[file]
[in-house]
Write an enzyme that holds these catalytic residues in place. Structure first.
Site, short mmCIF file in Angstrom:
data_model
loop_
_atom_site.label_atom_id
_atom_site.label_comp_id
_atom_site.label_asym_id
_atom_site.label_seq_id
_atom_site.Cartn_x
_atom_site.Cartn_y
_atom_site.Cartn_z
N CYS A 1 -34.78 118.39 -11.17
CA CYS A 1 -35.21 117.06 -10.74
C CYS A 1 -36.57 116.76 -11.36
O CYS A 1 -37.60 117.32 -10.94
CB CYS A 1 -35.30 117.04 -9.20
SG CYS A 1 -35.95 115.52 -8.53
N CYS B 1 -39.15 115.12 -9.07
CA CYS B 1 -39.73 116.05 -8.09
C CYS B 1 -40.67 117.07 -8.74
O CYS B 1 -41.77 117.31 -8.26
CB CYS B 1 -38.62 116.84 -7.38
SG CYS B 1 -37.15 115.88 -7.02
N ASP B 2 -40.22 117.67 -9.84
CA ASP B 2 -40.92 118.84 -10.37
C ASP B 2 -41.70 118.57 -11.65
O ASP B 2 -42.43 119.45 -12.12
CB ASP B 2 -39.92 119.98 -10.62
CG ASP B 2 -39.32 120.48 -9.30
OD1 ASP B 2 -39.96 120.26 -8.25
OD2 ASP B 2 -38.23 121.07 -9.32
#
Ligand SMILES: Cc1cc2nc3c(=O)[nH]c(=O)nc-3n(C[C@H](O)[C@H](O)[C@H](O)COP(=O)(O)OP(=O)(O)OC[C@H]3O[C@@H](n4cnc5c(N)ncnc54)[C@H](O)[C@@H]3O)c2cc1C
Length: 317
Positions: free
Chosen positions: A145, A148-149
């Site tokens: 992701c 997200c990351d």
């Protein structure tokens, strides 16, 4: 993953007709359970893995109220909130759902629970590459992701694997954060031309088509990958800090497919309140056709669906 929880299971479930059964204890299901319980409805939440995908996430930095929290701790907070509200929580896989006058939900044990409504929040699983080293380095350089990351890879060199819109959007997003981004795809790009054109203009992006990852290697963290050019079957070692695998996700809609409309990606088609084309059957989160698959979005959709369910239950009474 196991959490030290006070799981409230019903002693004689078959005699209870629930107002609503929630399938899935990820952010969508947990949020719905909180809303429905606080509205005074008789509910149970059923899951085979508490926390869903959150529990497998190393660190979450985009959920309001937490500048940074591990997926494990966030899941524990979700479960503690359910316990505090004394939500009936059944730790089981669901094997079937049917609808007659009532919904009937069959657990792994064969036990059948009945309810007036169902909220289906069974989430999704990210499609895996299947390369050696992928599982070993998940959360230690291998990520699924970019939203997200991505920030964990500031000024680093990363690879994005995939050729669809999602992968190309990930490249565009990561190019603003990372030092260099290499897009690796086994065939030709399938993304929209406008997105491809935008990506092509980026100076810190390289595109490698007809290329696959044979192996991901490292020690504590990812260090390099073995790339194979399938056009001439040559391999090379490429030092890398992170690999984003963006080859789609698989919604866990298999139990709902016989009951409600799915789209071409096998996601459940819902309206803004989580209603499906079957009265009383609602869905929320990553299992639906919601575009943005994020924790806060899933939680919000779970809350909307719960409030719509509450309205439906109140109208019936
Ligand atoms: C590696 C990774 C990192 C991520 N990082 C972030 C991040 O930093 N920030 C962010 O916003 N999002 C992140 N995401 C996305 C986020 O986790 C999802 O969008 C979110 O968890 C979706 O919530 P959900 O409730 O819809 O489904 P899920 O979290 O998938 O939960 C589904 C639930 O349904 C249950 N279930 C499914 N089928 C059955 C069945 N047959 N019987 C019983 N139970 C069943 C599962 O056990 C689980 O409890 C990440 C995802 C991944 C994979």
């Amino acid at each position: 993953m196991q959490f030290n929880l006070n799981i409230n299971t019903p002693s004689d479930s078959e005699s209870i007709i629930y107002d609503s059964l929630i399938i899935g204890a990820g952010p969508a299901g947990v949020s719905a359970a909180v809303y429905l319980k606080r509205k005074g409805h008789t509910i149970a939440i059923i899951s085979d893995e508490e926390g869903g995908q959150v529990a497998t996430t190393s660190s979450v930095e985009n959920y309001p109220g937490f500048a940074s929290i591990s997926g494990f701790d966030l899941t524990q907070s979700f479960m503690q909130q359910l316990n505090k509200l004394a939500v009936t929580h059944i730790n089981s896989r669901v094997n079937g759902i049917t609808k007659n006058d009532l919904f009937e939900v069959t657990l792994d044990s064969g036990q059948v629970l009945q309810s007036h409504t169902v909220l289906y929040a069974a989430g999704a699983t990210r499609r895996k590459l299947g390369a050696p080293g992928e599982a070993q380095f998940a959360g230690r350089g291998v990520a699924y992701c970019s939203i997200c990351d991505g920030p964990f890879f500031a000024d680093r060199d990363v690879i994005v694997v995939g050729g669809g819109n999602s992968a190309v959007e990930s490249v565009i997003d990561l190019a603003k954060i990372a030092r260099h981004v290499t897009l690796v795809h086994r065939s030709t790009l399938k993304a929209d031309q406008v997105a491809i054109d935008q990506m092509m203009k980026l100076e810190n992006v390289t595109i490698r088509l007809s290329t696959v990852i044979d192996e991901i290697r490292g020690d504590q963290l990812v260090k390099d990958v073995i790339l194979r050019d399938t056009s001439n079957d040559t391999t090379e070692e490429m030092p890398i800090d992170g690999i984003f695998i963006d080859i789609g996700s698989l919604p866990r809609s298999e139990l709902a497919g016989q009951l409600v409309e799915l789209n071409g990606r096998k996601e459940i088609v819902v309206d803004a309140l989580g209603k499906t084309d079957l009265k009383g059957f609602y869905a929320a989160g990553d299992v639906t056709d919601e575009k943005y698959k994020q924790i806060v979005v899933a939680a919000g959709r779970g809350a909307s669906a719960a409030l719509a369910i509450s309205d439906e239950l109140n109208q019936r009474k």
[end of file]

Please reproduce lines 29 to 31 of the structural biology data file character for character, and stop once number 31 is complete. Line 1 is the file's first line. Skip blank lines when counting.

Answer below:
CB ASP B 2 -39.92 119.98 -10.62
CG ASP B 2 -39.32 120.48 -9.30
OD1 ASP B 2 -39.96 120.26 -8.25